MSPs urged to protect dark sky from wind turbines

Scottish Ministers have been urged to use planning policy to protect a dark sky park which astronomers and land charities say is being threatened by applications for wind turbines.
Campaigners see wind turbines as a threat to the dark sky park. Picture: Allan MilliganCampaigners see wind turbines as a threat to the dark sky park. Picture: Allan Milligan
Campaigners see wind turbines as a threat to the dark sky park. Picture: Allan Milligan

Galloway Forest Dark Sky Park was officially opened by First Minister Alex Salmond in October last year.

But the dark skies that made the park possible are now being threatened by applications from developers and energy firms, according to the Astronomer Royal for Scotland, the John Muir Trust and the Scottish Wild Land Group.

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In an open letter to the Scottish Government, they have asked for an update to planning policy to rule out the construction of wind farms near the dark sky park.

Mark Gibson, chairman of the board of trustees of the Scottish Dark Sky Observatory, said there are currently nine separate sets of proposals for turbines at various stages of planning within sight of the park’s observatory.

Mr Gibson said that, while some planning applications had been rejected, there are fears that if even one is approved, it could open the door for further development.

Ministry of Defence and Aviation Authority safety requirements mean that wind turbines must be illuminated by infra-red light and, in some areas used regularly for training or search and rescue, visible light illumination may also be required.

Turbines near the park could fall into the latter category, and would affect both the ability of astronomers to use sensitive equipment, and the current visibility of stars, galaxies, comets and Northern Lights.

The park is home to the only publicly accessible, research-grade observatory within a Gold Tier Dark Sky Park in the world. The Scottish Dark Sky Observatory estimates that it will attract 100,000 visitors each year within five years of being established.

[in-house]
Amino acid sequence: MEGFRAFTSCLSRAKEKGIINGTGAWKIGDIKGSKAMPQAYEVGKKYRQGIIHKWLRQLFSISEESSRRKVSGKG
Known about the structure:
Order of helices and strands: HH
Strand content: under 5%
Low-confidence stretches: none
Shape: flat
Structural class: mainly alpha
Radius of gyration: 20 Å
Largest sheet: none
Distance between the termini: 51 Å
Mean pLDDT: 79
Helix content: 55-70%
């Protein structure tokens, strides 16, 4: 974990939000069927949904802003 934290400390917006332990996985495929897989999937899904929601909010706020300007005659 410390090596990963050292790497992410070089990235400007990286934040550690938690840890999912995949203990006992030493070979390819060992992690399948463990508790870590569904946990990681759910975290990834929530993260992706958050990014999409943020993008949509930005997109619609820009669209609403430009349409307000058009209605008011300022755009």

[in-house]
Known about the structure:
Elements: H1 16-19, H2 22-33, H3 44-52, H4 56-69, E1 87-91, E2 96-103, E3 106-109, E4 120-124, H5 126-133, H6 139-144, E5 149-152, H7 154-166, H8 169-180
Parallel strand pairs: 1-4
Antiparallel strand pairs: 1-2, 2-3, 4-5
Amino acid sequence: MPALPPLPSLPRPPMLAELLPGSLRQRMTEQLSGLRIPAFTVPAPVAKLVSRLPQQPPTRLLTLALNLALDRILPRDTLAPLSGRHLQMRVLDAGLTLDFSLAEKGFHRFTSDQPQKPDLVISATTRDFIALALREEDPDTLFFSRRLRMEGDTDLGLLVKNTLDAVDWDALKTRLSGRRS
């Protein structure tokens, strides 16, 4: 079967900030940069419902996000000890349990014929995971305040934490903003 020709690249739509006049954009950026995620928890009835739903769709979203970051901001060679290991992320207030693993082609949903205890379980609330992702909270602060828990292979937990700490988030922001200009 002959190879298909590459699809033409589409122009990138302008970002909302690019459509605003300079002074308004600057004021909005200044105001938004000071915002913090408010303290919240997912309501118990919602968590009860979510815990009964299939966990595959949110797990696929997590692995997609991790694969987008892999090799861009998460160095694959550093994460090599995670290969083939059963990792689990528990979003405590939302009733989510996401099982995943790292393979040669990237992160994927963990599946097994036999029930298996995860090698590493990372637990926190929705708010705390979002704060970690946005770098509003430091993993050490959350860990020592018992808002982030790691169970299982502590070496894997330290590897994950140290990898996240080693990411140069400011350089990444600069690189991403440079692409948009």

Professor John Brown, Astronomer Royal for Scotland, said: “Installing any large structures that require illumination, whether visible or infra-red, would be akin to putting a factory in Glen Coe or electricity pylons along the Cuillin Ridge.

“Our First Minister was instrumental in helping to secure funding for the observatory and he opened it with much passion and aplomb in October last, praising Scotland for leading the world with this fine public and educational facility.

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“But Mr Salmond is also an ardent advocate of wind farms and so faces a dilemma.

“I, for one, would call upon him now to prove his sincere interest in our wild lands and skies by ensuring wind farms and other dark sky contaminants are excluded from the Galloway Forest Dark Sky Park.”

A Scottish Government spokesman said: “The Scottish Government consulted on the draft Scottish Planning Policy (SPP) earlier this year.

“It included proposals to guide local authorities in the preparation of spatial frameworks for wind energy development.

“We received a large number of responses to the consultation and will take these responses into account when we publish the finalised SPP next year.”